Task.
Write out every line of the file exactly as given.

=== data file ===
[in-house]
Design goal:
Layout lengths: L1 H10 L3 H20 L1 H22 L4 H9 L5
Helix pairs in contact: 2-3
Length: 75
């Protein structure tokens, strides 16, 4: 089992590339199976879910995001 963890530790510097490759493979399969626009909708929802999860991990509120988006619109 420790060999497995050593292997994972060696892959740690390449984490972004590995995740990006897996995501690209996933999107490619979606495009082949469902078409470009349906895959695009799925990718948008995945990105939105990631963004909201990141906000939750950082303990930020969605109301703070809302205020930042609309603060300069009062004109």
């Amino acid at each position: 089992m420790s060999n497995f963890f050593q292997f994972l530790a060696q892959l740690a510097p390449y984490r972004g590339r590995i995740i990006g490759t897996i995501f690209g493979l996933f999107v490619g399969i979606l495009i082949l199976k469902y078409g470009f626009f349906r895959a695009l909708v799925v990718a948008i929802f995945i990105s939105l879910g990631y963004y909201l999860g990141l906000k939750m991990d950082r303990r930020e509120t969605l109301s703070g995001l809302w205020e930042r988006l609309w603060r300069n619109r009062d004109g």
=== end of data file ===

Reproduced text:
[in-house]
Design goal:
Layout lengths: L1 H10 L3 H20 L1 H22 L4 H9 L5
Helix pairs in contact: 2-3
Length: 75
């Protein structure tokens, strides 16, 4: 089992590339199976879910995001 963890530790510097490759493979399969626009909708929802999860991990509120988006619109 420790060999497995050593292997994972060696892959740690390449984490972004590995995740990006897996995501690209996933999107490619979606495009082949469902078409470009349906895959695009799925990718948008995945990105939105990631963004909201990141906000939750950082303990930020969605109301703070809302205020930042609309603060300069009062004109």
């Amino acid at each position: 089992m420790s060999n497995f963890f050593q292997f994972l530790a060696q892959l740690a510097p390449y984490r972004g590339r590995i995740i990006g490759t897996i995501f690209g493979l996933f999107v490619g399969i979606l495009i082949l199976k469902y078409g470009f626009f349906r895959a695009l909708v799925v990718a948008i929802f995945i990105s939105l879910g990631y963004y909201l999860g990141l906000k939750m991990d950082r303990r930020e509120t969605l109301s703070g995001l809302w205020e930042r988006l609309w603060r300069n619109r009062d004109g």